To say that it's been an interesting couple of days for our local and regional chamber of commerce would qualify as one of the larger understatements of the still-young year.
Last Friday came the astonishing news that the chamber was too financially stressed by declines in memberships and an inability to recover from losing a revenue stream tied to offering discounted rates on health insurance to continue in operation. Then on Monday came word that reports of its demise were premature. Tuesday brought more clarifications and assurances that yes, there will be functioning Visitor's Center, and other events and publications would go forward as planned, but the picture being drawn seemed to be one of an organization struggling to hang in there while a truly sustainable long-term entity could be forged.
The sound of dropping jaws may have ceased for the moment, but we all have work to do to help reinvigorate an organization that was in need of a clearer mission statement and purpose. That was to have been The Partnership, a sound idea the chamber was unable to sell effectively. The alternative — no chamber of commerce at all or something very much like — is not an option.
Manchester has had some sort of organization that promotes tourism or assists visitors since 1901. Many things have changed since then, but the need for some sort of visitor's or welcome center to help travelers on their way is not one of them. Too much of the town's and area's economy is too closely tied to travel and tourism directly and indirectly to make the option of not having some sort of viable functioning visitors center to promote area businesses and attractions seem ridiculous.
But what sort of organization should this now be? There were no shortage of good ideas offered at Tuesday's Select Board meeting, where a wide variety of thoughts were shared in a civil fashion that showed off local small town politics in its best light. Now the question is where do we go from here.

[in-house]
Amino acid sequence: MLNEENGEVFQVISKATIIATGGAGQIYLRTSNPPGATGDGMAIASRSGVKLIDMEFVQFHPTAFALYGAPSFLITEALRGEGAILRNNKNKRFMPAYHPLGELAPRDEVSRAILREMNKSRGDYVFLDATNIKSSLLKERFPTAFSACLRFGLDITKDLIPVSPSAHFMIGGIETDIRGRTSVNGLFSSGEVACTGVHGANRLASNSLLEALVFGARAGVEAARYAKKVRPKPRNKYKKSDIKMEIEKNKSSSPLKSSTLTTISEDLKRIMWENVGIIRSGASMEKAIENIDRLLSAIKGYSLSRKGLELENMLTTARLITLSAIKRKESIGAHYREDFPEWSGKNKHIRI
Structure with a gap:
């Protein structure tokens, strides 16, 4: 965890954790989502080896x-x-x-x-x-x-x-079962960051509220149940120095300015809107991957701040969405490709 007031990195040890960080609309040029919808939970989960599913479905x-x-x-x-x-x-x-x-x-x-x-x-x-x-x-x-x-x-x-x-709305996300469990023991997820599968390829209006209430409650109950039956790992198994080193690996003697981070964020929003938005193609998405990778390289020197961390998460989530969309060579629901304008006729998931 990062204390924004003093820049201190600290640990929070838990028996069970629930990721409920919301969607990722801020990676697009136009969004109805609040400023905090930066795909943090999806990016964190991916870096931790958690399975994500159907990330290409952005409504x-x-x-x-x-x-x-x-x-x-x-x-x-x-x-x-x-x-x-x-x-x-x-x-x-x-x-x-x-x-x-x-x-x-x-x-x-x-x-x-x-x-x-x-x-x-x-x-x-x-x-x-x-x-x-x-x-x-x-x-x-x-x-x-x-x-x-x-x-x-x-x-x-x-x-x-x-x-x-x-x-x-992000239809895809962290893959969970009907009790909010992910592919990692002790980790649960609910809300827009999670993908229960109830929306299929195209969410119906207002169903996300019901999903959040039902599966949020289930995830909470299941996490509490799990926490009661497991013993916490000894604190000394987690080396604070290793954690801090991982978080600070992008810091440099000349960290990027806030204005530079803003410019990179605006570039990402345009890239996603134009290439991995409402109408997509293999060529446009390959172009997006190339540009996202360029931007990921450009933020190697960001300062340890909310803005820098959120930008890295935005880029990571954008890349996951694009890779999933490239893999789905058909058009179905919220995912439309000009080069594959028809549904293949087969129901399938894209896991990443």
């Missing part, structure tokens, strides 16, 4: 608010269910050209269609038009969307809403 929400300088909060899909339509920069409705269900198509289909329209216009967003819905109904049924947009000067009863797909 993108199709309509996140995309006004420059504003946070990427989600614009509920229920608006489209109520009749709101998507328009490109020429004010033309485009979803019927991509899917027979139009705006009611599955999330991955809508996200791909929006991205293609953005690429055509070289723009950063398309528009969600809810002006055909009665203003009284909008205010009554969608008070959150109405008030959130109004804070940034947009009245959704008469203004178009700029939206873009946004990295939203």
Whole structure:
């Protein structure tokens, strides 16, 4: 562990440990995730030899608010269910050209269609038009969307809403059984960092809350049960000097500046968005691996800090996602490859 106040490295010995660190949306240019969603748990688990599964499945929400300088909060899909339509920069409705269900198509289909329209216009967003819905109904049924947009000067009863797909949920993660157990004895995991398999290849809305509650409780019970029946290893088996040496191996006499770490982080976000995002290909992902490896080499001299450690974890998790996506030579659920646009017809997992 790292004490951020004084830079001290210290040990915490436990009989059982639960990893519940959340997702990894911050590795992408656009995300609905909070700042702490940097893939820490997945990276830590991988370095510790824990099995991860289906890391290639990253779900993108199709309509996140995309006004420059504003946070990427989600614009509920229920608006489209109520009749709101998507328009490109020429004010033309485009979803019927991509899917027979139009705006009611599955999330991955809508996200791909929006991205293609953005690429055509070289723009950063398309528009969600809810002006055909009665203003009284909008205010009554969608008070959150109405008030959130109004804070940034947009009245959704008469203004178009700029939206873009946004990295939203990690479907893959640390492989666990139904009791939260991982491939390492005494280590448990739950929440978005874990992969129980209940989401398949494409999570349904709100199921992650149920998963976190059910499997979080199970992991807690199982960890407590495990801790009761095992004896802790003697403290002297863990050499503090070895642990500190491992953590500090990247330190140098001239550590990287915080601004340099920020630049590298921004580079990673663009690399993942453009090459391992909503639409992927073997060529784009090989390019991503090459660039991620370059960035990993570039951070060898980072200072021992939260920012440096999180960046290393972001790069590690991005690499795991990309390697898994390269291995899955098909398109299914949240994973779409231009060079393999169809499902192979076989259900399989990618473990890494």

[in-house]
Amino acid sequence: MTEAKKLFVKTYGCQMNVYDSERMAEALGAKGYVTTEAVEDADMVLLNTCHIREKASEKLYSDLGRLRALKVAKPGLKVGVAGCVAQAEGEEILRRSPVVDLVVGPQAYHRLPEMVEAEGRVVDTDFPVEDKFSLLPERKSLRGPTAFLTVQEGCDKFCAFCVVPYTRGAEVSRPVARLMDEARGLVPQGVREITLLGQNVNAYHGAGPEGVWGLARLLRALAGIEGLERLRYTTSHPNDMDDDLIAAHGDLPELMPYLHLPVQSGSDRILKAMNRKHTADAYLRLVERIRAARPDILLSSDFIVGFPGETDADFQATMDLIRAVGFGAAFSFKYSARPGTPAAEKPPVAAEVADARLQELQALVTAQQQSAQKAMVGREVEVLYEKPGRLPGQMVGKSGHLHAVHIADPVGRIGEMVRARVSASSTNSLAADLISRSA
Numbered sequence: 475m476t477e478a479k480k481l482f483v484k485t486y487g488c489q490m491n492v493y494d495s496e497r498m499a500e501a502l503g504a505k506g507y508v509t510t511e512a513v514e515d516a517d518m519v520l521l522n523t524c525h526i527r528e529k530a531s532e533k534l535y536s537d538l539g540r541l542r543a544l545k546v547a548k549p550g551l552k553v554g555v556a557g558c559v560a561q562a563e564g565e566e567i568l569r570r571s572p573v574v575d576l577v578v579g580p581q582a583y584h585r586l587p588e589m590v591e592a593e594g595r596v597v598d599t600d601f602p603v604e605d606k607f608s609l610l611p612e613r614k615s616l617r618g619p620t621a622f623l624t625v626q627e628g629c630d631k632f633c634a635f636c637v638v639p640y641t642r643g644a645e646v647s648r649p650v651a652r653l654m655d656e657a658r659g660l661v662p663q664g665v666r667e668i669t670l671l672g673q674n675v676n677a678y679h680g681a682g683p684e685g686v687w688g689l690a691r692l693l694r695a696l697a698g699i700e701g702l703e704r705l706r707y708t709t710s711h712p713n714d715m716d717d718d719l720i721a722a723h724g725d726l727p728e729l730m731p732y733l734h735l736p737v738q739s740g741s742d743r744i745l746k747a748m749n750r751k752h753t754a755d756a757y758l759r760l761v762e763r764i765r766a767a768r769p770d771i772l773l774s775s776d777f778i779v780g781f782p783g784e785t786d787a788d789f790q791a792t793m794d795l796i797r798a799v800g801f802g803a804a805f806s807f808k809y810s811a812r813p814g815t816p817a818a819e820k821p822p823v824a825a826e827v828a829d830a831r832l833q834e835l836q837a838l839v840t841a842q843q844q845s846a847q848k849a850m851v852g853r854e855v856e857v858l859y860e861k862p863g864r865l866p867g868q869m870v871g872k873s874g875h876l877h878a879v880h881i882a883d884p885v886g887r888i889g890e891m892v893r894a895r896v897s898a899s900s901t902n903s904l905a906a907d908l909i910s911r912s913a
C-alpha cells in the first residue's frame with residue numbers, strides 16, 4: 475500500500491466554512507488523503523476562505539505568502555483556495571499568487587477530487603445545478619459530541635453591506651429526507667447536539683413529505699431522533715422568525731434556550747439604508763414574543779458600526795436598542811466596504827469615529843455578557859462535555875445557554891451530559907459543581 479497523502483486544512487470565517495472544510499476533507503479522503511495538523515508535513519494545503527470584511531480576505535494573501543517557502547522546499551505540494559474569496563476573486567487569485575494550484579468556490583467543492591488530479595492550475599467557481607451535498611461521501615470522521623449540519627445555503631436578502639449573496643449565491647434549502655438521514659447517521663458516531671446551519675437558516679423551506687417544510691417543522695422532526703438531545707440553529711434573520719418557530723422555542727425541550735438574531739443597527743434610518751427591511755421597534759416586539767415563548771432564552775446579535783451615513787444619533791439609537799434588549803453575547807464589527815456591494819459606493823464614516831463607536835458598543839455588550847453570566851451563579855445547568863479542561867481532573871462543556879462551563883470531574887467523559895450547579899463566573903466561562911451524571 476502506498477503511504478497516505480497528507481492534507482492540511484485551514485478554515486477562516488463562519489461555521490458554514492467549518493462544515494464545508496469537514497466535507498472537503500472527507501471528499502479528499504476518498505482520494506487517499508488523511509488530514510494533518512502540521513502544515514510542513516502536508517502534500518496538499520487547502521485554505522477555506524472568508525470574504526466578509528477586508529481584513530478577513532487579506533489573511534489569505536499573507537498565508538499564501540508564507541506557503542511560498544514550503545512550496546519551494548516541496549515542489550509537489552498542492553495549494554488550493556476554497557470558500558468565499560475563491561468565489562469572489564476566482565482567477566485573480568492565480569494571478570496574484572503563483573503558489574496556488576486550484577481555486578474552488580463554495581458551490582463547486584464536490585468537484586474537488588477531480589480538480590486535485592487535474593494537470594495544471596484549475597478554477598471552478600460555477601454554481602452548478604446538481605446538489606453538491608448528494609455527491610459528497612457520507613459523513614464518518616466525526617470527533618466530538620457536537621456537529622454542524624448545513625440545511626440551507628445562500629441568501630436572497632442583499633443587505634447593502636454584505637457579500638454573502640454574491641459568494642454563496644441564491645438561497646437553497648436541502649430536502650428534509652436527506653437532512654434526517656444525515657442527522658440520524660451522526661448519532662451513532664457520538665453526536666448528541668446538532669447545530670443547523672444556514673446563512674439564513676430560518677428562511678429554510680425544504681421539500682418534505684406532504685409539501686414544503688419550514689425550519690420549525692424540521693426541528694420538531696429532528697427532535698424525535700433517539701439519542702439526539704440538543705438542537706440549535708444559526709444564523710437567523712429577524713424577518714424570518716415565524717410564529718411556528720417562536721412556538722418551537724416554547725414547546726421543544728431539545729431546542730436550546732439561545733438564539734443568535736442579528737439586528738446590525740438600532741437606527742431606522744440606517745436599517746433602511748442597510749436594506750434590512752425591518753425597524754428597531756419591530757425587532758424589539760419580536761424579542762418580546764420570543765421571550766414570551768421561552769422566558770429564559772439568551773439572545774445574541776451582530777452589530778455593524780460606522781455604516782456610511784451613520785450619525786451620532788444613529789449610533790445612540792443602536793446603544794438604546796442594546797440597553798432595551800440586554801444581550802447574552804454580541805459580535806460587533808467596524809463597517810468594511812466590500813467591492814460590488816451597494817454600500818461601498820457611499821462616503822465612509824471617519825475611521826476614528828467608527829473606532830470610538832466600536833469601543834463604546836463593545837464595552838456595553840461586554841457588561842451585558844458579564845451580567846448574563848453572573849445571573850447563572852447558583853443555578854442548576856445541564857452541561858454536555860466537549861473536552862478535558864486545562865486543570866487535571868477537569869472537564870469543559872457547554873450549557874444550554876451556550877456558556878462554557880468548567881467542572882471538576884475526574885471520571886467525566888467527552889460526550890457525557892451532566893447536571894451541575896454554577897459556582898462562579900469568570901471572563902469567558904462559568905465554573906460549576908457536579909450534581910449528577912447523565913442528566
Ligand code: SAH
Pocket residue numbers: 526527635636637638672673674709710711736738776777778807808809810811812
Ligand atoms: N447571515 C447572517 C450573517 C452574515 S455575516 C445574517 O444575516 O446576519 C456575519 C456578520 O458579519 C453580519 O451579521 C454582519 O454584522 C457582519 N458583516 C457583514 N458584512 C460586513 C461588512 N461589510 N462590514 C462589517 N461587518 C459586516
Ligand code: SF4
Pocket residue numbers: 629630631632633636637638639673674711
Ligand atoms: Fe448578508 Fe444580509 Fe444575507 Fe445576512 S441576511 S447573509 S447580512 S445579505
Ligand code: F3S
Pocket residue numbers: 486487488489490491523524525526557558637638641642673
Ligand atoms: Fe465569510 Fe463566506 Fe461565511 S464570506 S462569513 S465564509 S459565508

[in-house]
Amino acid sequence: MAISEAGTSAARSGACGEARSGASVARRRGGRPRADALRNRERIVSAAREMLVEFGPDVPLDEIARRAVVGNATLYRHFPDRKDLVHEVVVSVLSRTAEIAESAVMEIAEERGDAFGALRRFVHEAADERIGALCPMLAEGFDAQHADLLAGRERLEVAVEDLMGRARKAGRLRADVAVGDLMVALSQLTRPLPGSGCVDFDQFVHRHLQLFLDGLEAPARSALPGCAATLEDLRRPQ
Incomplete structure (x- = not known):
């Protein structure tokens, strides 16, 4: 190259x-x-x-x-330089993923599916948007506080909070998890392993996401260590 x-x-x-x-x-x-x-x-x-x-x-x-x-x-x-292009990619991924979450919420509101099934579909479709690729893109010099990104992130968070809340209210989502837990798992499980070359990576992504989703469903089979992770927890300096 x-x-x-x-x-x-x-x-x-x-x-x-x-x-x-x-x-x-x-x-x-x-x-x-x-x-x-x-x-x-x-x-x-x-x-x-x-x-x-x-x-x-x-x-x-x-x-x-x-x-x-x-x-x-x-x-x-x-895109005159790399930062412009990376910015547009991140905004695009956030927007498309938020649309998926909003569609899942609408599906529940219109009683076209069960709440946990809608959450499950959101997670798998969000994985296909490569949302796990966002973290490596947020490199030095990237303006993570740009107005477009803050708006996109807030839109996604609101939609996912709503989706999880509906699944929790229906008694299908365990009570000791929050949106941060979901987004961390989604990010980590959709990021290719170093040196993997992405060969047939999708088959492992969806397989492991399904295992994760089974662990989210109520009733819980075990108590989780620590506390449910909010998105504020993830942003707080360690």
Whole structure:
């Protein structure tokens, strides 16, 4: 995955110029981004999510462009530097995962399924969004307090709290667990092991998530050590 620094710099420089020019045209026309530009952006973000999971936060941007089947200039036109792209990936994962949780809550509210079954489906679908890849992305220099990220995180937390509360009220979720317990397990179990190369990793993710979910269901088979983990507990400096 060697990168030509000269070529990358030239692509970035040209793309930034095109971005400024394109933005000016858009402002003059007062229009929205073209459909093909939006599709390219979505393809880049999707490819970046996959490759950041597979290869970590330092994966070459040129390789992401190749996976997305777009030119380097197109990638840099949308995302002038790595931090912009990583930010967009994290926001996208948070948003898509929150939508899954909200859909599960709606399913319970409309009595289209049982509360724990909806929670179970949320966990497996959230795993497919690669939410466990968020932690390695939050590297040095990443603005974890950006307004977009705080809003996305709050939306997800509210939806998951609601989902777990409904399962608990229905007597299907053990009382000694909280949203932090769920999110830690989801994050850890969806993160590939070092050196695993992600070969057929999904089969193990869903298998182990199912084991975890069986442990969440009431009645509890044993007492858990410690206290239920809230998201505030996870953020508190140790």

There's always been a bit of a tension between the two ostensible roles of the Chamber here, where promoting travel to our town and region, along with the services and attractions that make that into the dynamic sector that it is, and the broader role of economic development that other chambers in other places might see as a major role. Should it be the job of the Chamber, or Partnership, or whatever we wish to call it, to go out and attract new businesses to locate here? Should it be the job of the Chamber to show up at Select Board, Planning Commission or Development Review Board meetings and support members who might wish to expand a business and need a variance? Should it be their job to weigh in on controversial questions like Open flags, or go the extra mile for the smaller, independent mom and pops?
Maybe. Or maybe it should focus on the less contentious tourism promotion piece, stage and sponsor nifty events like the annual Car Show and the Concerts on the Green and publish travel guides, getting the word out that Manchester and the Mountains is the place you want to be when you have a chance to get away for a weekend or longer.